External parasites like lice, fleas, mites, and other parasites can result in extensive shedding. These parasites place themselves into your lab’s thick winter coat, resulting in scratching and hair falling off. 

3. Poor diet

It is essential to provide your pet with the primary nutrients and minerals. They might have an unhealthy and thin coat when they do not have a healthy diet. It can even weaken their immune system. Lab owners must get their pet the right amount of carbs, vitamins, proteins, fats, minerals, and other elements that can benefit their health. 

4. Health problems

Your dog might have an illness affecting its skin and coat. Increased shedding can result from an acute condition or other chronic illness like cancer. If you think the amount of shedding is excessive, it can have health issues as follows:

  • Fungal infections
  • Skin condition
  • Bacterial infections
  • Parasites
  • Liver or kidney condition
  • Allergies
  • Thyroid diseases

Take your lab to the vet immediately if you notice any change in their behavior. 

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Black, Chocolate, And Yellow Lab Shedding 

Do labrador retrievers shed a lot if they are of specific colors? There is a common misconception that the Lab’s color impacts its shedding frequency.  However, it is wrong as all labs have the same breed and genes. Moreover, despite varied appearances, the American and English Labradors are also of the same breed. 

Black, chocolate, and a yellow lab all shed the same hair. The only difference is the amount of fur you can see and notice. While dark hair is easier to notice on the ground, light hair is not.

Hence, people might feel shedding for a black or chocolate lab is more. When you have light-colored floors or furniture, you will notice the hair of black and chocolate lab hair more easily. 

How To Keep Your Home Clean From Dog Hair?

Even if you monitor your dog’s shedding, you will still need to do a lot of cleaning around your house. The good news is that you can choose one of the products below for cleaning. 

Robot Vacuum

A robot vacuum is one of the best products you can get for ensuring clean floors. You can map out your house in a self-cleaning cleaning bot so that it can clean specific areas. 

Cordless Vacuum

You can also get a cordless vacuum to help you with general vacuuming and reach difficult areas like room corners, windowsills, etc. Being cordless makes it easy to grab it and clean the place. 

Air Purifier 

Getting an air purifier can be highly beneficial. It can help capture almost all airborne particles, including body odors and hair. Moreover, it will also make the house smell and look fresh. 

How to Reduce Shedding In Labs: 7 Pro Tips

There are a few steps that you can take to reduce your dog’s shedding. The best way is to attack the shedding from all sides. Below is a list of seven easy steps to reduce and control your lab’s shedding.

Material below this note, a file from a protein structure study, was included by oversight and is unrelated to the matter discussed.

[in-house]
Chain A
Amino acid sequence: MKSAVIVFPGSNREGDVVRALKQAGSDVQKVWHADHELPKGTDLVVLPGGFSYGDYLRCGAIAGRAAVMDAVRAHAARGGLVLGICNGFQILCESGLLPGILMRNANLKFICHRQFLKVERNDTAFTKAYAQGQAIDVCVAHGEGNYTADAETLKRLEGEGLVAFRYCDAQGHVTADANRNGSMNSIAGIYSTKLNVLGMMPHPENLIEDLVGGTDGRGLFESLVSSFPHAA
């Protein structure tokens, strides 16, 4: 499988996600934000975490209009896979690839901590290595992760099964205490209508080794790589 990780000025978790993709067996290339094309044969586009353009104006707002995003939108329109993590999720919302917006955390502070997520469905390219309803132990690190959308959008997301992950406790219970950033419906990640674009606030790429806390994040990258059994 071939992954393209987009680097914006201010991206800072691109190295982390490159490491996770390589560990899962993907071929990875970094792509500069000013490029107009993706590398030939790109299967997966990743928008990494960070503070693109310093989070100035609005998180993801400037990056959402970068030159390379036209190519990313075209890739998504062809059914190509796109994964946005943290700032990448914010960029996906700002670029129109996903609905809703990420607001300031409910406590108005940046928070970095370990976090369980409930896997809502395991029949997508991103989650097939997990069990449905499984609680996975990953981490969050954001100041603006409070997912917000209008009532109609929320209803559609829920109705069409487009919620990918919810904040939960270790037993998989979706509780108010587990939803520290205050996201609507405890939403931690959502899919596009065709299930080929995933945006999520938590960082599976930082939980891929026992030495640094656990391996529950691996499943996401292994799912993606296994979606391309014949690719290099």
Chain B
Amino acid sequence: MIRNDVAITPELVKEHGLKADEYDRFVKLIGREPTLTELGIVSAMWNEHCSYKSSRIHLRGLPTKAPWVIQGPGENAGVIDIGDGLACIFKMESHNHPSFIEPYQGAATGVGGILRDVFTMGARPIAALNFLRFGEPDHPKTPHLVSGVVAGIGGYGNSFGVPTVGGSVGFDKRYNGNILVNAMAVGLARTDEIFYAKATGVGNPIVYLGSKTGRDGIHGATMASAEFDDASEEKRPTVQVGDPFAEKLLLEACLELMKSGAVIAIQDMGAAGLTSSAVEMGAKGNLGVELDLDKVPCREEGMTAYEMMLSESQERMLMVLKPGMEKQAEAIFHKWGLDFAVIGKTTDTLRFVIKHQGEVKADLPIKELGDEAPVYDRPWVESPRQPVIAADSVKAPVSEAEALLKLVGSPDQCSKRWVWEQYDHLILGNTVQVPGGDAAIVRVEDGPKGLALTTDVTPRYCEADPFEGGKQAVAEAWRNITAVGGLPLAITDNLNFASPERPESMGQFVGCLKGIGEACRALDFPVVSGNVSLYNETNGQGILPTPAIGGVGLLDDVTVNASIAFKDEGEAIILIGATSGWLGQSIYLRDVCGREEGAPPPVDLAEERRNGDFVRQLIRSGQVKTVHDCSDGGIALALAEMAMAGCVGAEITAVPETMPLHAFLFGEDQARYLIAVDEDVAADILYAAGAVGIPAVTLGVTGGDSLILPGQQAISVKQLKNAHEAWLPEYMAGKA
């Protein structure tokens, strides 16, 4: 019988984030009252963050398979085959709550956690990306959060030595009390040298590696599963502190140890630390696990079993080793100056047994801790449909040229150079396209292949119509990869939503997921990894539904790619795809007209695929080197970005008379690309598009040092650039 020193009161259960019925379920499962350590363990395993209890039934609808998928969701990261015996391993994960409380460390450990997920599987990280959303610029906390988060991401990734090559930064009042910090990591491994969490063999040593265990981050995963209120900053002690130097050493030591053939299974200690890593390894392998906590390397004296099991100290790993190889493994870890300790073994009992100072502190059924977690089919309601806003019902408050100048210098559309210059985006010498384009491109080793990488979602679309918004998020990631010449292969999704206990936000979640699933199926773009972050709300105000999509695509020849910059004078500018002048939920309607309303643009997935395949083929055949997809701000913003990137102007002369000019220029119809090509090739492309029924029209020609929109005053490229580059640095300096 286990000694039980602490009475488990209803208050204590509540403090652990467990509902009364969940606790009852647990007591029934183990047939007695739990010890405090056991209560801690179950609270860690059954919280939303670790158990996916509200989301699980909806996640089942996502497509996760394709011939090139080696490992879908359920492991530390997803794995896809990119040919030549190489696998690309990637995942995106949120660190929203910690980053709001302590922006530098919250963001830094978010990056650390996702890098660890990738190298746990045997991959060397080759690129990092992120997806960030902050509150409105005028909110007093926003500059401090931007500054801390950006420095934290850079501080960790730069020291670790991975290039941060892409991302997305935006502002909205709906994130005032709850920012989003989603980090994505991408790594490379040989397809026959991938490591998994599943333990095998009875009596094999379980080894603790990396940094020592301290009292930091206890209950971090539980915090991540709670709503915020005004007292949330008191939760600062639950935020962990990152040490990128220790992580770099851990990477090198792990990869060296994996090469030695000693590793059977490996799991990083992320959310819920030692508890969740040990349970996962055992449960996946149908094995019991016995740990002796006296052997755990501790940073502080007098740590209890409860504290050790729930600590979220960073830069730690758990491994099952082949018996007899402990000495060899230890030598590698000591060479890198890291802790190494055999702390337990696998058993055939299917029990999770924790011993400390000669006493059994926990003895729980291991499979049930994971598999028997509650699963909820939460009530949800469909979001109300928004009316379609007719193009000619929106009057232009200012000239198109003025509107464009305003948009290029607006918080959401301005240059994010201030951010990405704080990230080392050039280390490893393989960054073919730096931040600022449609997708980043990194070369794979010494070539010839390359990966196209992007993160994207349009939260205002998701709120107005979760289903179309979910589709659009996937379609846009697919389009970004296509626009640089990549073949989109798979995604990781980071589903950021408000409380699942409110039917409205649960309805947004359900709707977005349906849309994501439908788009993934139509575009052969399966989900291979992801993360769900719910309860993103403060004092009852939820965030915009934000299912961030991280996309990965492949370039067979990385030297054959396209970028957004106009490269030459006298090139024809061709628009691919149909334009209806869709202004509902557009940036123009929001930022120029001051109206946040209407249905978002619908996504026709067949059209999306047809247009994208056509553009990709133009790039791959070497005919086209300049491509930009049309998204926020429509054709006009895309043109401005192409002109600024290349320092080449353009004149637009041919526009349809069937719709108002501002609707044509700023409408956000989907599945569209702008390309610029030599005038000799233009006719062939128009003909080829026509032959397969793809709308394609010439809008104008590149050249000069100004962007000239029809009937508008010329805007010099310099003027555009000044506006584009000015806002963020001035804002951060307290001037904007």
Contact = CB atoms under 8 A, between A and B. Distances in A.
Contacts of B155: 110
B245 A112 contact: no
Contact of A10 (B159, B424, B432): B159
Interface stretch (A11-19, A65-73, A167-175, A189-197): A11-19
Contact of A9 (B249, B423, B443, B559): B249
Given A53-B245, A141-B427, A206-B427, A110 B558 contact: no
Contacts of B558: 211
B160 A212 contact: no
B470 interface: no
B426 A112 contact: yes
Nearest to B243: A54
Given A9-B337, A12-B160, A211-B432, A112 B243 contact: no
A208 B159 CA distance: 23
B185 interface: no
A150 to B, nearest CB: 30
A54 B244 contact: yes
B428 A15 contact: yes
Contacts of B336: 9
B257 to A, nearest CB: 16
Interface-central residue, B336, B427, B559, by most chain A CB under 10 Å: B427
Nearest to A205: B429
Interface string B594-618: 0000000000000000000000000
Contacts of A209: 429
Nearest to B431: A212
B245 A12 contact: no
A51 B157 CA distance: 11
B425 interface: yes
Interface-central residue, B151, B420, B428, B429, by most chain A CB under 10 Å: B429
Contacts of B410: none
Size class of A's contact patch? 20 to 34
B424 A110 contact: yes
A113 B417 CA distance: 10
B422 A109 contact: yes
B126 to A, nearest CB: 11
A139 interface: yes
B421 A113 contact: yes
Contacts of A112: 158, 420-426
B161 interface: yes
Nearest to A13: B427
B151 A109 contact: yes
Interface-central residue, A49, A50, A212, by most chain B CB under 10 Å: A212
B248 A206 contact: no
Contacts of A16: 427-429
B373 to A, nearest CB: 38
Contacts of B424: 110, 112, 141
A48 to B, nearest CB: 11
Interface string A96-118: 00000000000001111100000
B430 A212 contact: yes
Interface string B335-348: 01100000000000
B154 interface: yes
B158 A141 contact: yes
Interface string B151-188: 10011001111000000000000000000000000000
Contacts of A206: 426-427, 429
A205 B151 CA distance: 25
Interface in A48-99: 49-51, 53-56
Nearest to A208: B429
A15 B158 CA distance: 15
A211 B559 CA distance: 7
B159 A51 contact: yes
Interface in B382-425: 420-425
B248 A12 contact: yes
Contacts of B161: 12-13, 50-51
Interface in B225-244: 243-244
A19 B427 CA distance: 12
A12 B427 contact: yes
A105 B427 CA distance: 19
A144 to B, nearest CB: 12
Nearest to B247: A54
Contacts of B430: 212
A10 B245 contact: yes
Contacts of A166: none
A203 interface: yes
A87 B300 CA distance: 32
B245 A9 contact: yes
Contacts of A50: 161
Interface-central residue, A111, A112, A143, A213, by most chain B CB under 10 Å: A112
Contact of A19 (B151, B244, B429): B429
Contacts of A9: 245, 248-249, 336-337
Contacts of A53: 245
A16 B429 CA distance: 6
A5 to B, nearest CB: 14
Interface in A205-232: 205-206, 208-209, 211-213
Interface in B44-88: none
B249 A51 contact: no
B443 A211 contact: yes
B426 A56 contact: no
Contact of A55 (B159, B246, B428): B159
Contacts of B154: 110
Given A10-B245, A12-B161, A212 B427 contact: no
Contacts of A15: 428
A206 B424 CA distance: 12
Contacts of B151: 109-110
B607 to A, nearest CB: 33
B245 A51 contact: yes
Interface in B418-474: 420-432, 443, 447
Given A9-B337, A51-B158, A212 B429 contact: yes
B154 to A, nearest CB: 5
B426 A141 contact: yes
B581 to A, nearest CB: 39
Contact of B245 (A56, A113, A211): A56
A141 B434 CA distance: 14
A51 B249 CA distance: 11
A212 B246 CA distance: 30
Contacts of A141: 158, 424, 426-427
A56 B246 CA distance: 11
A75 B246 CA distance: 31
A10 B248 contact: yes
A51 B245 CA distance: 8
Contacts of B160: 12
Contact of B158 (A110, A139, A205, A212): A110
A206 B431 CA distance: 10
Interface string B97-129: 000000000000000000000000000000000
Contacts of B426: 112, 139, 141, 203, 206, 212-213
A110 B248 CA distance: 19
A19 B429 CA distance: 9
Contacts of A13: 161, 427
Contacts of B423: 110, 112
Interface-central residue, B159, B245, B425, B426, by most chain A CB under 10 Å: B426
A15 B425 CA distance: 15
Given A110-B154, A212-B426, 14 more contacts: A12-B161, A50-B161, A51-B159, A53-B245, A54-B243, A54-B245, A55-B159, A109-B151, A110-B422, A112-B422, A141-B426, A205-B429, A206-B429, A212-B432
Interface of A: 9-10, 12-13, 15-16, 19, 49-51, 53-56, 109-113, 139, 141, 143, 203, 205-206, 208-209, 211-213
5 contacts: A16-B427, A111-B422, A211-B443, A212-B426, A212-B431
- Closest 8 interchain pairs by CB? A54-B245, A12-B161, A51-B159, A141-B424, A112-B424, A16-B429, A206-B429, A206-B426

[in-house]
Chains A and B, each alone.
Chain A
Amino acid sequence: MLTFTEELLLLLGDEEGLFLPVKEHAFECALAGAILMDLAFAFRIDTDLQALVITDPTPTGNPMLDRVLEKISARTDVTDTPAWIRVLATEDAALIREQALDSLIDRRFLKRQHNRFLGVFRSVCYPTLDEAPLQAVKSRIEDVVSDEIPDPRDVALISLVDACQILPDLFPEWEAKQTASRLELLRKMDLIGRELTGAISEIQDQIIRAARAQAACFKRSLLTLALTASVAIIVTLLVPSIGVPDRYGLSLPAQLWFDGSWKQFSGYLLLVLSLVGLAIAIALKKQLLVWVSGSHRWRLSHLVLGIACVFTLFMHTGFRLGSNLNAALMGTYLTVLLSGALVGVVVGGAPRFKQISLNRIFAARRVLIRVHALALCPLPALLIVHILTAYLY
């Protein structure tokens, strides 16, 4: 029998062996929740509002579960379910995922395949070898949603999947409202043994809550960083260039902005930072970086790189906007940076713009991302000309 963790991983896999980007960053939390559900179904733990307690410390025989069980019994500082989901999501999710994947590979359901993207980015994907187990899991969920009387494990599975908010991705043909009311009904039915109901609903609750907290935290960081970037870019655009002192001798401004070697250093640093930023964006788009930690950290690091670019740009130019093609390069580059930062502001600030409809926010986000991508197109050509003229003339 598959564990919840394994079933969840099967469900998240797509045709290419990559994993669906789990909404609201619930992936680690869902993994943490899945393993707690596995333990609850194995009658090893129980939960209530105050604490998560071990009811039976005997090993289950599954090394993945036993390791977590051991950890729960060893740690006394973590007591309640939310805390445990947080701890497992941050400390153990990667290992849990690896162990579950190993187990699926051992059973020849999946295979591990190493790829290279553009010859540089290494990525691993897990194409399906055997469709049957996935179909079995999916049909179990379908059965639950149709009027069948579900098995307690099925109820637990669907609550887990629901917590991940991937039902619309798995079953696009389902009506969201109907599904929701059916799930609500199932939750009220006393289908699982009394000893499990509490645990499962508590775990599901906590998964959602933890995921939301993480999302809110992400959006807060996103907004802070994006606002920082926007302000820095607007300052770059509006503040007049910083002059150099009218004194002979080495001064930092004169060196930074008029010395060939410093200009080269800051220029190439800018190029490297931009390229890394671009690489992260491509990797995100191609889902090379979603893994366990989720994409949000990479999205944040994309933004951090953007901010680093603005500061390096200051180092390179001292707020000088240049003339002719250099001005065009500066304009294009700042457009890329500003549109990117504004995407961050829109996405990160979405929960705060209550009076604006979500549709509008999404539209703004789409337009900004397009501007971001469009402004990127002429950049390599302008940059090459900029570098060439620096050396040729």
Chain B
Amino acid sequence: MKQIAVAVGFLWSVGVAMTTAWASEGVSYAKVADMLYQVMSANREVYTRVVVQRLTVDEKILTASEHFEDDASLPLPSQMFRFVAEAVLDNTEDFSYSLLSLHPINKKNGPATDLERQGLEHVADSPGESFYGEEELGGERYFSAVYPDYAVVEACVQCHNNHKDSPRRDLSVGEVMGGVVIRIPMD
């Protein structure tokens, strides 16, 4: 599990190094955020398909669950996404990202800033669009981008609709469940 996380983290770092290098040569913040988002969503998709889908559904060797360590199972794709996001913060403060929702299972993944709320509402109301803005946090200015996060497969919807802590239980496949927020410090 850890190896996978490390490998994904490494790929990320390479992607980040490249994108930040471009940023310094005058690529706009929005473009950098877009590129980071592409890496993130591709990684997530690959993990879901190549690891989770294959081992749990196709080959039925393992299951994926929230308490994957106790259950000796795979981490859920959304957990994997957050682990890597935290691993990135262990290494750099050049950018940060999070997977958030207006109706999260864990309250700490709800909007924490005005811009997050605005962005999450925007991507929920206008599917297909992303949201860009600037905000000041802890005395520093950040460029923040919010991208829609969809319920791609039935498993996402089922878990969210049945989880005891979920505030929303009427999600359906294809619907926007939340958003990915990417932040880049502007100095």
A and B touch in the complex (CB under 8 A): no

1. Get a Labrador De-shedding Tool

One of the best ways to groom your dog is using a de-shedding tool. It is a special tool to help your lab’s coat. A de-shedding brush can work on your pet’s dense undercoat and remove loose hairs that might fall over. 

It is a perfect tool to keep the thick coat shiny. Use this dog brush on your pet twice weekly. It can help by removing all the dead or loose dog hair. 

2. Get a Labrador Retriever Shedding Brush

While you cannot stop shedding completely, you can groom them regularly using a Labrador shedding brush to keep their dog hair from falling everywhere. Brushing your dog twice every week will be enough. Use a  slicker brush to help you remove dander and make them look smart. Moreover, it removes tangles and dirt. 

3. Groom and Bathe Your Lab 3-4 Times a Year

As highlighted earlier, labs change their coat two times in one year. While taking care of your lab’s coat, using brushes does help. However, they still need further effort for perfect results. Regular baths, along with brushing your pet regularly, are an ideal combination. 

You can loosen their leftover fur during bathing rather than letting the undercoat fall out automatically with time. Ensure you do not over-bathe as it might result in dry skin while removing their natural oils. 

4. Switch to Food That Targets Dog’s Coat and Skin

One of the best labrador shedding solutions is getting your pet the right nutrients. Pay attention to the dog’s food you are feeding your lab. The type of food can have a significant impact on their shedding habits. 

While you might think of getting inexpensive dog food like corn or grain, it might be difficult for them to digest.  You should get food items that provide them with protein and other necessary nutrients. While it might cost more for commercial dog food, the amount you will spend on shedding and maintenance will be far less. 

5. Keep Your Lab Hydrated